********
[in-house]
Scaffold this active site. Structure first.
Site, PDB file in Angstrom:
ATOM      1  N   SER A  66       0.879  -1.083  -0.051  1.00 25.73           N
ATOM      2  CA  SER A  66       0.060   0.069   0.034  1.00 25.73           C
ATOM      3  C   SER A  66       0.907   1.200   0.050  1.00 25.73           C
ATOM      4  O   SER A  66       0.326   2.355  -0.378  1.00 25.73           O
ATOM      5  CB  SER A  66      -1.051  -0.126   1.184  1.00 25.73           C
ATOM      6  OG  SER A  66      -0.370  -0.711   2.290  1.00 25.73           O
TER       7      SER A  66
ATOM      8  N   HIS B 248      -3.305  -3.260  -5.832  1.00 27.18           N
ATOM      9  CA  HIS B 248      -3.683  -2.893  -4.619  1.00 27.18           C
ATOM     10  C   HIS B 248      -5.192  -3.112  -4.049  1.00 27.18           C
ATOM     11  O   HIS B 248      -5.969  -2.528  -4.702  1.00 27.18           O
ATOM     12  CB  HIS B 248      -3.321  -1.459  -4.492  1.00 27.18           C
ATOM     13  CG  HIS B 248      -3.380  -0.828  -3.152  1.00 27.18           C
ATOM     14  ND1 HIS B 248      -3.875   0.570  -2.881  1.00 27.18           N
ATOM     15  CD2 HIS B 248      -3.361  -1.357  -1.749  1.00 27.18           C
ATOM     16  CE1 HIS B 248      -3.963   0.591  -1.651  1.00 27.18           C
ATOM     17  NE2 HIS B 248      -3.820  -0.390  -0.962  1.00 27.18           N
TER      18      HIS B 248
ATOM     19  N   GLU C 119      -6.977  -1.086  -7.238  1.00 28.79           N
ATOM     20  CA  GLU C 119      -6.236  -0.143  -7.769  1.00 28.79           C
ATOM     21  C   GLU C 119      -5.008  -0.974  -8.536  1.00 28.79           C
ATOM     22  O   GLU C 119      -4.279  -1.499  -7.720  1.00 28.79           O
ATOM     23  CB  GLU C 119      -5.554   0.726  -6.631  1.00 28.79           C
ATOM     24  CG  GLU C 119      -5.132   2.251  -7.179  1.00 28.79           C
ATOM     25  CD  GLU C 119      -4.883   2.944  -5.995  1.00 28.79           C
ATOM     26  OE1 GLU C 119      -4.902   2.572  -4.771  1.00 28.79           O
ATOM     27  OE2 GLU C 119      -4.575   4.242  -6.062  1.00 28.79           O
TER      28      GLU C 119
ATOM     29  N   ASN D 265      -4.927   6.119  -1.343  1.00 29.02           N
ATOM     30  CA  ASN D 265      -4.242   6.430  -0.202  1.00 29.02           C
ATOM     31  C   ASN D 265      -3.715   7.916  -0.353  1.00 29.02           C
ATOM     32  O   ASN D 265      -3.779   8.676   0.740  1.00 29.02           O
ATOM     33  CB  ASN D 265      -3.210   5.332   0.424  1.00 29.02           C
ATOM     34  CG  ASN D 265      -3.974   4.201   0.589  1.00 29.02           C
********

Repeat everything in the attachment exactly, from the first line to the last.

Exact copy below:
[in-house]
Scaffold this active site. Structure first.
Site, PDB file in Angstrom:
ATOM      1  N   SER A  66       0.879  -1.083  -0.051  1.00 25.73           N
ATOM      2  CA  SER A  66       0.060   0.069   0.034  1.00 25.73           C
ATOM      3  C   SER A  66       0.907   1.200   0.050  1.00 25.73           C
ATOM      4  O   SER A  66       0.326   2.355  -0.378  1.00 25.73           O
ATOM      5  CB  SER A  66      -1.051  -0.126   1.184  1.00 25.73           C
ATOM      6  OG  SER A  66      -0.370  -0.711   2.290  1.00 25.73           O
TER       7      SER A  66
ATOM      8  N   HIS B 248      -3.305  -3.260  -5.832  1.00 27.18           N
ATOM      9  CA  HIS B 248      -3.683  -2.893  -4.619  1.00 27.18           C
ATOM     10  C   HIS B 248      -5.192  -3.112  -4.049  1.00 27.18           C
ATOM     11  O   HIS B 248      -5.969  -2.528  -4.702  1.00 27.18           O
ATOM     12  CB  HIS B 248      -3.321  -1.459  -4.492  1.00 27.18           C
ATOM     13  CG  HIS B 248      -3.380  -0.828  -3.152  1.00 27.18           C
ATOM     14  ND1 HIS B 248      -3.875   0.570  -2.881  1.00 27.18           N
ATOM     15  CD2 HIS B 248      -3.361  -1.357  -1.749  1.00 27.18           C
ATOM     16  CE1 HIS B 248      -3.963   0.591  -1.651  1.00 27.18           C
ATOM     17  NE2 HIS B 248      -3.820  -0.390  -0.962  1.00 27.18           N
TER      18      HIS B 248
ATOM     19  N   GLU C 119      -6.977  -1.086  -7.238  1.00 28.79           N
ATOM     20  CA  GLU C 119      -6.236  -0.143  -7.769  1.00 28.79           C
ATOM     21  C   GLU C 119      -5.008  -0.974  -8.536  1.00 28.79           C
ATOM     22  O   GLU C 119      -4.279  -1.499  -7.720  1.00 28.79           O
ATOM     23  CB  GLU C 119      -5.554   0.726  -6.631  1.00 28.79           C
ATOM     24  CG  GLU C 119      -5.132   2.251  -7.179  1.00 28.79           C
ATOM     25  CD  GLU C 119      -4.883   2.944  -5.995  1.00 28.79           C
ATOM     26  OE1 GLU C 119      -4.902   2.572  -4.771  1.00 28.79           O
ATOM     27  OE2 GLU C 119      -4.575   4.242  -6.062  1.00 28.79           O
TER      28      GLU C 119
ATOM     29  N   ASN D 265      -4.927   6.119  -1.343  1.00 29.02           N
ATOM     30  CA  ASN D 265      -4.242   6.430  -0.202  1.00 29.02           C
ATOM     31  C   ASN D 265      -3.715   7.916  -0.353  1.00 29.02           C
ATOM     32  O   ASN D 265      -3.779   8.676   0.740  1.00 29.02           O
ATOM     33  CB  ASN D 265      -3.210   5.332   0.424  1.00 29.02           C
ATOM     34  CG  ASN D 265      -3.974   4.201   0.589  1.00 29.02           C